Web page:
June 14 - A surge on Wall Street as sources say central banks are prepared to take action after the Greek election. Bobbi Rebell reports.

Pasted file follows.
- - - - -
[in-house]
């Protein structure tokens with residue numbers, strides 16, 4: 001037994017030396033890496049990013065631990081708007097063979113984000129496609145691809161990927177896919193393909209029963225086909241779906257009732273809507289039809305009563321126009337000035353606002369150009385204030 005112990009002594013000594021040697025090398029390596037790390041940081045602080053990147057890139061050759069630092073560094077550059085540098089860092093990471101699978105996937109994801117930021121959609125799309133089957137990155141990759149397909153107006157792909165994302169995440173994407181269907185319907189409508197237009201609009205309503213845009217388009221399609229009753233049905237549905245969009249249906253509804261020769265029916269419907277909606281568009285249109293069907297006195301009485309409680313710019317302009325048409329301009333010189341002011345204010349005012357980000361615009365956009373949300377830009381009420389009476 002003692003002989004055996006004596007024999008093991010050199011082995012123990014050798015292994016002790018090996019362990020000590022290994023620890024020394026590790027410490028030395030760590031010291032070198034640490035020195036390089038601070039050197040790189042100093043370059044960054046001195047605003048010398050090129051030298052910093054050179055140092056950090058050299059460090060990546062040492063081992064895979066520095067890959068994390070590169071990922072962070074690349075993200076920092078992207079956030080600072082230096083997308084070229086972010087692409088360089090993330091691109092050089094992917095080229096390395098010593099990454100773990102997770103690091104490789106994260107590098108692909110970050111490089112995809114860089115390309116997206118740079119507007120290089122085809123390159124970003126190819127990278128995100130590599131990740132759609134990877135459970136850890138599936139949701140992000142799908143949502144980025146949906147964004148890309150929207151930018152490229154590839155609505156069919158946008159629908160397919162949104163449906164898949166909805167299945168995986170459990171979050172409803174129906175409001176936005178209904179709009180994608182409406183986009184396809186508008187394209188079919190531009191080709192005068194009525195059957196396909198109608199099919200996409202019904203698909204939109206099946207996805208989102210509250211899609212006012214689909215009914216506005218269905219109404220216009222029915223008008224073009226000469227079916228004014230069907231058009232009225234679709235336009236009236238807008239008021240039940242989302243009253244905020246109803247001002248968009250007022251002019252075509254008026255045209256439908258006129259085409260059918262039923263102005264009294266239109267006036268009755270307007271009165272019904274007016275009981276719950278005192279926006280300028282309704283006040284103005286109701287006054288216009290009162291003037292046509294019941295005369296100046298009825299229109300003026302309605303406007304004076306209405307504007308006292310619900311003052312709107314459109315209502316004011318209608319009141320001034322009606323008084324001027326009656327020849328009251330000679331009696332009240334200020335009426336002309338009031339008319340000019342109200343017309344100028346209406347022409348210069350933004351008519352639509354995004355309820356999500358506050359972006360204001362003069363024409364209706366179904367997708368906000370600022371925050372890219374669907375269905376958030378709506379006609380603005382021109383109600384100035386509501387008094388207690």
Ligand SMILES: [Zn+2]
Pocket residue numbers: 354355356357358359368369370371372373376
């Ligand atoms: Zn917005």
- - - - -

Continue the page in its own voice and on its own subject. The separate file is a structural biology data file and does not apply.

PLEASE NOTE: THIS EDIT CONTAINS 4:3 MATERIAL Stocks surged - with the Dow up over 200 points at one point after G20 officials told Reuters that central banks are preparing to take action to protect the financial markets if it's needed after this weekend's Greek election. A senior official cautioned that the election will not provide "the definitive signal of what happens next" in the euro zone debt crisis. After that news came out, British Finance Minister George Osborne said the Bank of England and the country's government will use new monetary policy tools to shore up their economy in the wake of the euro debt crisis. Robert Brusca, Chief Economist at Fact & Opinion Economics: SOUNDBITE: ROBERT BRUSCA, CHIEF ECONOMIST, FACT AND OPINION ECONOMICS (ENGLISH) SAYING: "I think while we all hope that Greece is going to make the right decision and it's going to be a clear decision, I'm not clearly convinced that in the aftermath of the elections come early next week that we're really going to feel a lot better about things." The head of the new Systemic Risk Council, former FDIC Chairman Sheila Bair, says U.S. banks need to focus on their investments, including their exposure to Europe: SOUNDBITE: SHEILA BAIR, FOUNDER, SYSTEMIC RISK COUNCIL (ENGLISH) SAYING: "I think they should be preparing liquidity and they should be making sure that they understand at least the exposure they have in Europe to a major default in Europe." The news of possible coordinated central bank action boosted stocks- sending US shares higher. That overshadowed economic data. The number of Americans filing new claims for unemployment benefits rose unexpectedly last week. A separate report showed consumer prices had their biggest drop in three years. Foreclosure starts were up for the first time in more than two years according to RealtyTrac. European stocks closed mostly lower ahead of talk of action to protect the financial markets- as risk-averse investors sat on the sidelines ahead of Sunday's Greek election. Bobbi Rebell, Reuters.